Going beyond sales, RBC Capital Markets analyst Scot Ciccarelli highlighted Best Buy's earnings estimate of $4.75 to $5 a share, which he said implied a growth rate of 8% to 9% that was "somewhat below investor expectations." However, he didn't go as far as to downgrade the stock, keeping it at "sector perform," or neutral.

Also mentioned by Best Buy was a previously-stated plan to reach cost savings of $600 million by the end of 2021. According to Allen, this forecast implied that prices may have to be lowered in the future amid continued competition — a conclusion that investors selling shares may not have liked.

Best Buy's share-crushing forecasts don't stem from a lack of trying. In late August, the big box retailer announced an expansion to its same-day delivery service, a strategic move viewed as a direct response to the aggressive encroachment from Amazon and other competitors.

Even amid Tuesday's stock decline, at least one analyst remained bullish on the stock's prospect: David Schick of Consumer Edge Research. He praised the company's strategy of investing in its own business, saying that it's the "right way" to go about things amid the looming spectre of Amazon.

The company itself also remains confident. It's grown domestic sales in each of the past three years, and beaten analyst revenue estimates in six of the past seven quarters, according to spokesman Jeff Shelman. He also points to Best Buy's "huge" online growth numbers, and notes that the company has already increased its financial guidance for 2017 on two occasions this year.

It remains to be seen if the short-term pain felt by Best Buy following this round of preemptive guidance will serve it well in the longer term. The company is clearly trying to get out ahead of any future slowdown. And now that some pressure has been removed from its stock price, it can drill down on fundamentals and try to claw its way back.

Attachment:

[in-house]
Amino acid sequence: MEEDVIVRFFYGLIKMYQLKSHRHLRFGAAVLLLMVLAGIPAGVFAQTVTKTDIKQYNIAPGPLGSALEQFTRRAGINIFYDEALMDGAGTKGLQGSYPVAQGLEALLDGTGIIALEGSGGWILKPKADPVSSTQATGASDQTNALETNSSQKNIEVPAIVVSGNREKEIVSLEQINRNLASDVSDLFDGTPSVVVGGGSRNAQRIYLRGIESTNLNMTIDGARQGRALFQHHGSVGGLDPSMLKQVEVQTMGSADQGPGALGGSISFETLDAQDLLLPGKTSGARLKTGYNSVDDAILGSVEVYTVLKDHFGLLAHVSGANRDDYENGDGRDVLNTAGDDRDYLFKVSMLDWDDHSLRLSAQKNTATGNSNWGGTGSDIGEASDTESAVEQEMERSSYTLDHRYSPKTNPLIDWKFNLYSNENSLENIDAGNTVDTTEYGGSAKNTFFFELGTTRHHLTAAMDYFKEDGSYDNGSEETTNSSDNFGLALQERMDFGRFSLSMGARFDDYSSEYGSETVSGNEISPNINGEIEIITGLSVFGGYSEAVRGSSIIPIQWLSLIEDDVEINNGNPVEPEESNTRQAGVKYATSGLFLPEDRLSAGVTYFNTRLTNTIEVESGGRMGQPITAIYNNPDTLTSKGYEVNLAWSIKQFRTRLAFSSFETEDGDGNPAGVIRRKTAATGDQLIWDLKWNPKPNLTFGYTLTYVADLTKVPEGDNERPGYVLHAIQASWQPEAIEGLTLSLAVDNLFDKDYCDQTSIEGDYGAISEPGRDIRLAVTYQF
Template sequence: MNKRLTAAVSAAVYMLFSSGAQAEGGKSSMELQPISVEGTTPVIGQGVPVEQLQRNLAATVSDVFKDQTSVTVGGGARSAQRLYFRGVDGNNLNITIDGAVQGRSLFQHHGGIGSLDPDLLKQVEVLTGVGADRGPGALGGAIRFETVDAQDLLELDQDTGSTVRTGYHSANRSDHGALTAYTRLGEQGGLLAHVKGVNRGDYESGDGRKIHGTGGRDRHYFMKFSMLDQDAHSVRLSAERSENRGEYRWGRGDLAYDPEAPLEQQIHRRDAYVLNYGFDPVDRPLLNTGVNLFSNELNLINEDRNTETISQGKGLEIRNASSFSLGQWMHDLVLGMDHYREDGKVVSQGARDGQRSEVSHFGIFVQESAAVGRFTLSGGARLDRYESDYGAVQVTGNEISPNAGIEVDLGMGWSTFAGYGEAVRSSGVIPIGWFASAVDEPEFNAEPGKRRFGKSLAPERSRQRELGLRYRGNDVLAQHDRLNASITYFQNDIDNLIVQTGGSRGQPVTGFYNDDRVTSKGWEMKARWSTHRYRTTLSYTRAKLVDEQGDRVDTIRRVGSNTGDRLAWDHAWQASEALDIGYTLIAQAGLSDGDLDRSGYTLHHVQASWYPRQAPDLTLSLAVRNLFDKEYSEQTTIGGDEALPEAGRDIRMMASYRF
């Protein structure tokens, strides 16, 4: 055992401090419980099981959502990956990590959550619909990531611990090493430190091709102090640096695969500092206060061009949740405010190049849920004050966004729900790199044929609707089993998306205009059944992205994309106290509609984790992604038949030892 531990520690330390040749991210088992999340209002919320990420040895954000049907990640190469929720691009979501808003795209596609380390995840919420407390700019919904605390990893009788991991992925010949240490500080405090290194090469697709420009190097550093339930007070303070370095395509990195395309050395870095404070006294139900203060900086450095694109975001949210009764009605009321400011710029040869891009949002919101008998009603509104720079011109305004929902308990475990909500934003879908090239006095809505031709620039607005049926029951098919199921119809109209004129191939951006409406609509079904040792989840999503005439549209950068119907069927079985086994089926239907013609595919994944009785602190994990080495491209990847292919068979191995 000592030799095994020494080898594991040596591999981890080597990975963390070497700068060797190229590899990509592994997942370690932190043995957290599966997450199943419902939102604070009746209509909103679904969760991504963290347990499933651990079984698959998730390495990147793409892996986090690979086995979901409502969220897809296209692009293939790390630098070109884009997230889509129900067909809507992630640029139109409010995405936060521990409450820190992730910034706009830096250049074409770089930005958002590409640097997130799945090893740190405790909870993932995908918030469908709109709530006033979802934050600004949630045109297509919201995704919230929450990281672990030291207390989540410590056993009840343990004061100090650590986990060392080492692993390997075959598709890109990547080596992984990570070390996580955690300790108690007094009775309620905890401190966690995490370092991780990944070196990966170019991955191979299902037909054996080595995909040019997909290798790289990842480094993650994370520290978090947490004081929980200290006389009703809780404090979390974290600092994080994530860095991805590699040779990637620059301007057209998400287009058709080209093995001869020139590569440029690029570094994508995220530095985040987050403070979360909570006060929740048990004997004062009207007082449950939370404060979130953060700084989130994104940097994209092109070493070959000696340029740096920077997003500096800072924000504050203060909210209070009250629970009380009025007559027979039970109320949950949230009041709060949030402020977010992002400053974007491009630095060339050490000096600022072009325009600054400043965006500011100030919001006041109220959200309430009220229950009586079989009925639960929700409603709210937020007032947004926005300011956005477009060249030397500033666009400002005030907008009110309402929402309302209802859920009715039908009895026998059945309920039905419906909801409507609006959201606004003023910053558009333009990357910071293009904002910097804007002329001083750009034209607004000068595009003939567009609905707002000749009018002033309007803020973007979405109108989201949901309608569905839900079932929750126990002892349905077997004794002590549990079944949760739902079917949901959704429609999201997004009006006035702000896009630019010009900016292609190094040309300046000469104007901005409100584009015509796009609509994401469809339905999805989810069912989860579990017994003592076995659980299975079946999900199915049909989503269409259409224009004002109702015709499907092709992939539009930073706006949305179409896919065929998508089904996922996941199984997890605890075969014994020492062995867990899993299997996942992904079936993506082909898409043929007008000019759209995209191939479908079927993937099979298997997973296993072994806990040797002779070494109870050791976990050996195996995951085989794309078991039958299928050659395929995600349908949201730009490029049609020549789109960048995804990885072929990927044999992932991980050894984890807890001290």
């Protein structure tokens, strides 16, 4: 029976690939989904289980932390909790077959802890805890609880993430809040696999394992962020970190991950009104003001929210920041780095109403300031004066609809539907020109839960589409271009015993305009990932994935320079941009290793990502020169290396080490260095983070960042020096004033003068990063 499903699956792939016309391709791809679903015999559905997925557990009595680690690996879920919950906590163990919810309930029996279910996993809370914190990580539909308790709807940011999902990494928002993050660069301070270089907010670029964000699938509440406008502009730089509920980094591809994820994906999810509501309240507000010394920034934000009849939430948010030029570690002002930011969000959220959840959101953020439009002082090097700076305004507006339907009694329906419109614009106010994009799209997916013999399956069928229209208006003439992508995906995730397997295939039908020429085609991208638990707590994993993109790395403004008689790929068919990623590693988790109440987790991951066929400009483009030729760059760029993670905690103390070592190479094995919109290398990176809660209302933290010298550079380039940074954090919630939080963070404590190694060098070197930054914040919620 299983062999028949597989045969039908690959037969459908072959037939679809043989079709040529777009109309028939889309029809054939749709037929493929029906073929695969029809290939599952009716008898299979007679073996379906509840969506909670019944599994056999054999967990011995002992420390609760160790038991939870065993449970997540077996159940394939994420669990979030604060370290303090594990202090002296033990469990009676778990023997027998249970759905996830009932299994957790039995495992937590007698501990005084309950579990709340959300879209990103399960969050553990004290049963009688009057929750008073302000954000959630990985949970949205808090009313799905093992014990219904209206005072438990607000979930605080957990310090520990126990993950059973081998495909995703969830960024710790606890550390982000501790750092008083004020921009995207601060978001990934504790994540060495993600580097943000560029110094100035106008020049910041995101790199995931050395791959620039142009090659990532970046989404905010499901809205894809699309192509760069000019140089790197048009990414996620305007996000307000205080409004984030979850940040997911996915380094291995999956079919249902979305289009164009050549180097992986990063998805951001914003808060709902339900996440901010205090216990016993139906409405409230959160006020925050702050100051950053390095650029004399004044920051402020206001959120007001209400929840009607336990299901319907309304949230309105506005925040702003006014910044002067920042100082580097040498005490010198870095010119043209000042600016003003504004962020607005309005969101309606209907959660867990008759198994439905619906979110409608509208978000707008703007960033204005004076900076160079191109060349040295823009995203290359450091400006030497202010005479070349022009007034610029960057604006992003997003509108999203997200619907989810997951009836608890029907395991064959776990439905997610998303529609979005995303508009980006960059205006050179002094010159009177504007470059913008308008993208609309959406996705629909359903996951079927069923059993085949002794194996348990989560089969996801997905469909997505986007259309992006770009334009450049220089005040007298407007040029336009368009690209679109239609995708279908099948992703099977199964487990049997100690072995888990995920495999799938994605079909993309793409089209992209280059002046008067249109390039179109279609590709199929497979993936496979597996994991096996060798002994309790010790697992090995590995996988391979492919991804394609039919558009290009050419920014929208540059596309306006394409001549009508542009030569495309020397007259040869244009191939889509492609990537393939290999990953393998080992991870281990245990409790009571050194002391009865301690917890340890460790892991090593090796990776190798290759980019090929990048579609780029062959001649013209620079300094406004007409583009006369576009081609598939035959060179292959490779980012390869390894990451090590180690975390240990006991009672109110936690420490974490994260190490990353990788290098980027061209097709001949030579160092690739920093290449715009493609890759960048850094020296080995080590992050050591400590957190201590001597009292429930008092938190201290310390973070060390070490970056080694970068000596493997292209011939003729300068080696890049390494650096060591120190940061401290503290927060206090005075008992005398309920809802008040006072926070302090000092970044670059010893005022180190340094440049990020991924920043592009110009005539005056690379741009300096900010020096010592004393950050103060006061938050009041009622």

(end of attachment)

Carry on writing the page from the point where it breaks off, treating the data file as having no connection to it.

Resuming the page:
SEE ALSO: The Amazon juggernaut has traders making record bets against America's largest grocer

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NOW WATCH: GARY SHILLING: The Fed is wrong about wage inflation

Investing guru Byron Wien breaks down why market bears will be dead wrong for a few more years (BX)

Sat, 09/23/2017 - 10:31am  |  Clusterstock

  • Blackstone's Byron Wien doesn't see many reasons to be concerned about the US economy right now.
  • "My belief is that we're not going to see a bear market or a recession until at least 2019," he said.
  • That doesn't mean stocks will go to the moon, however. But earnings growth is stronger than he expected at the beginning of this year, and that will continue to drive the market higher, he said.

Forget about the next US recession until at least 2019, says Byron Wien, the vice chairman of Blackstone's private-wealth-solutions group.

Wien is not shy to make big forecasts. Since 1986, he has published an annual list of 10 predictions for the year ahead. In an interview with Business Insider on Wednesday, he outlined his scorecard on President Donald Trump, the stock market, and interest rates.

He says 2017 is a "normal" year — one in which he gets about half the predictions right.

One dislocation in the market is worth watching, however: Stocks continue to make new highs even though the Federal Reserve has ceased its asset purchases and, starting next month, will start slowly shrinking its balance sheet. It's "uncharted territory" for the stock market, Wien said in a recent note.

This interview has been edited for length and clarity.

Akin Oyedele: There's precedent on the impact of rate hikes and cuts on the market, but there isn't much on a Federal Reserve balance-sheet reduction like this. What should investors be looking out for in terms of what the impact could be?

Byron Wien: One thing you should look at is the yield curve. If the yield curve inverts, that's very negative for equities. So far, there's an 80-basis-point gap between the 10-year and the 2-year, so it doesn't look like there's much of a danger of the yield curve inverting right now. But that's a risk.

You also should look at leading indicators. Leading indicators tend to top out a couple of years before the market turns down and a recession sets in. So far, that hasn't happened, but that's a risk.